I’ve spent a good portion of my life afflicted with a mild form of Tourette syndrome, a disease that is not what many people believe it to be. Rather than the uncontrolled shouting of curses that one sees on TV, for the great majority of people, Tourette is just an abundance of what are called “tics” or twitches”, but in reality are simply compulsive movements of one kind or another. Describing the compulsion to move is like describing a really bad itch. You can refuse to scratch it or you can distract yourself and try to forget about it, but sooner or later, you are compelled to scratch the itch. That is what Tourette syndrome feels like, an itch that simply must be scratched in the form of physical movement, like blinking of the eyes, a rapid head movement, or some rapid facial distortion.
There have been times, especially as a child, when I suffered quite a bit of ridicule for the fact that I was always in motion. Some saw it as having an abundance of energy, some saw it as my body about to explode. I was not allowed to finish the 6th grade because I scared the hell out of my teacher with my constant head movements. Some people were truly scared of what I might do.
When I grew into adulthood, most of those with whom I associated were civil and polite about it, but I would get the occasional stare from those whom I had never before met. There was, however, a particular episode which I will share with you today.
I worked in a car dealership with about 20 other salespeople. Some were friends and some were merely acquaintances, but we all got along. Or so I thought.
One day when we were very slow in the showroom I happened to walk into our breakroom to find at least 10 of my co-workers sitting around drinking coffee. It must have been a slow day for conversation since, the minute I walked in, the conversation moved to me. First it was the little comments about twitches, (here comes Twitchy), then some more crude comments about sex for someone who moved around so much, finally to end up with various of my work “buddies” mimicking my movements when they thought I couldn’t see, but not hiding it when they realized I could. I felt quite conspicuous and embarrassed and was rapidly trying to come up with an appropriate response that wouldn’t appear that I was hurt or angry since they could then use the excuse that I was being a wuss or something like that.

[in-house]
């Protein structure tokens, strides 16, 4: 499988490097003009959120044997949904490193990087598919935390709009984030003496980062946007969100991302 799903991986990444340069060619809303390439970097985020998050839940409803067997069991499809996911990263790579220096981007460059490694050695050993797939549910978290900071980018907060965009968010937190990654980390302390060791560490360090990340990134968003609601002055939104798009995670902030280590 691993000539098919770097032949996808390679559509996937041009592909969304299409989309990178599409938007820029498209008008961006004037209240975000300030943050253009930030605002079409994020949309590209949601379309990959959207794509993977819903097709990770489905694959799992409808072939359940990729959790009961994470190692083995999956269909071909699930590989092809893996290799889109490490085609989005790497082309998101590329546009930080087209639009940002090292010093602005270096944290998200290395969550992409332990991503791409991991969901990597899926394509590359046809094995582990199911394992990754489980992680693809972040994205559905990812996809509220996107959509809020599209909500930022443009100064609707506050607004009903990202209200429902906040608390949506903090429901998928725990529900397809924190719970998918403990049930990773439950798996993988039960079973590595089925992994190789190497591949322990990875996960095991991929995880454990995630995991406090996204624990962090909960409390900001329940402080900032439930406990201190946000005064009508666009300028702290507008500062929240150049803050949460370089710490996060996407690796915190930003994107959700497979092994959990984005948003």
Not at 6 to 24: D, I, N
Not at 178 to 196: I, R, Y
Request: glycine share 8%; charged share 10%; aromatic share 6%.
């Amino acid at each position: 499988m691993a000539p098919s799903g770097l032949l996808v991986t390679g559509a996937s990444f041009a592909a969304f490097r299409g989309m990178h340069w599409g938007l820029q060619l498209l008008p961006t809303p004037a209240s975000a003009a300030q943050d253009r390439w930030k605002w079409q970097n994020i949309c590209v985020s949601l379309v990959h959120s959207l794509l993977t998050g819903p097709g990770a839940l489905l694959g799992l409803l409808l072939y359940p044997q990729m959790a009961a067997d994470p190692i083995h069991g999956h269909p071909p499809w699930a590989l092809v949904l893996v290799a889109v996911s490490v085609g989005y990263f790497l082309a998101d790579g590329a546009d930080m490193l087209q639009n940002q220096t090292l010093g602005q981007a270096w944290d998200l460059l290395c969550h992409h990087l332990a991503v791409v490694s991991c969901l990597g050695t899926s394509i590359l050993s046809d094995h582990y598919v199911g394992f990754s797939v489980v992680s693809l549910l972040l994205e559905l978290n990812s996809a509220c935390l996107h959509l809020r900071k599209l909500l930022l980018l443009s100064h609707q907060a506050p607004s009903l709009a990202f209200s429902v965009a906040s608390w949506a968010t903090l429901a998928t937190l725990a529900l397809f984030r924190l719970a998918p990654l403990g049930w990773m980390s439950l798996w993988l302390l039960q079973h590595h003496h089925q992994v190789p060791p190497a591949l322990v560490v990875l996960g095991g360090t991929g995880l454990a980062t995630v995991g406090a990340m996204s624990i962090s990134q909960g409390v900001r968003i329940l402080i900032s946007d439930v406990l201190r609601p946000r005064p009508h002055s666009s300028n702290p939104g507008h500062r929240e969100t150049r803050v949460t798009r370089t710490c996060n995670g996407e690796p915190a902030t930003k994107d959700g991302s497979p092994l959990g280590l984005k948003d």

Rather than showing any offense at these mean comments, I grabbed a chair, put it in the middle of the room and said, “Yeah, it’s been tough. Because of my twitching, I was never able to have the career I’ve always wanted”. This bit of seriousness combined with a conspicuous lack of retaliation on my part caught the others a bit off guard. The room quieted. I continued, “Yeah, I always wanted to own my own used car lot, but my twitching kept me from doing it”.
At this point, their curiosity had overcome them and they all quieted down to listen to what I had to say. To explain parenthetically, most owners of used car lots buy their cars at huge wholesale auctions that are only open to those who are licensed by the state as Used Car Wholesalers. They work the way most auctions do, with buyers bidding on the cars and the highest bidder taking the car home.
I continued my narrative in the breakroom:
“Yeah, so after I got my wholesaler’s license, a buddy of mine took me to my first auction to show me the ropes. I hadn’t brought any money since I was just starting out and didn’t have any, plus I wasn’t planning to buy anything yet. I was just there to learn how it all worked. So there I was, in the front row with my friend, watching the action, fascinated by the rapid bidding, winning and changing of cars in the auction lane. When bidding, some of the attendees would hold up a card with their bidder number, and others would just raise their hands, wink at the auctioneer, or make some other furtive gesture, since, quite often, the individual bidders did not want the room to know who was bidding on which car.”
“So, after a few hours the auction was over and my buddy and I started to leave. As we got to the gate, one of the officials approached me and said he needed my money or my bank information. I inquired as to what he meant, and he responded, ‘Fella, you bought 16 cars!’”
As I got to this point, all the guys in the break room were transfixed by my thoroughly fabricated story. I didn’t laugh or act as if it were funny. I just looked down and shook my head in mock seriousness and feigned despair over this ostensibly painful memory. The others in the room didn’t know what to do or say, since here I was describing, with all the seriousness I could muster, what I was conveying as a terrible episode in my life, one that had ruined my ambition to be a used car dealer. No one dared laugh or make fun since a very serious, dark cloud now hung over the room.
The break room remained somber and silent as I grabbed my coffee, turned toward the door and walked out, trying very hard to hold back my broadening smirk, in full confidence that no one would ever ridicule my Tourette Syndrome again.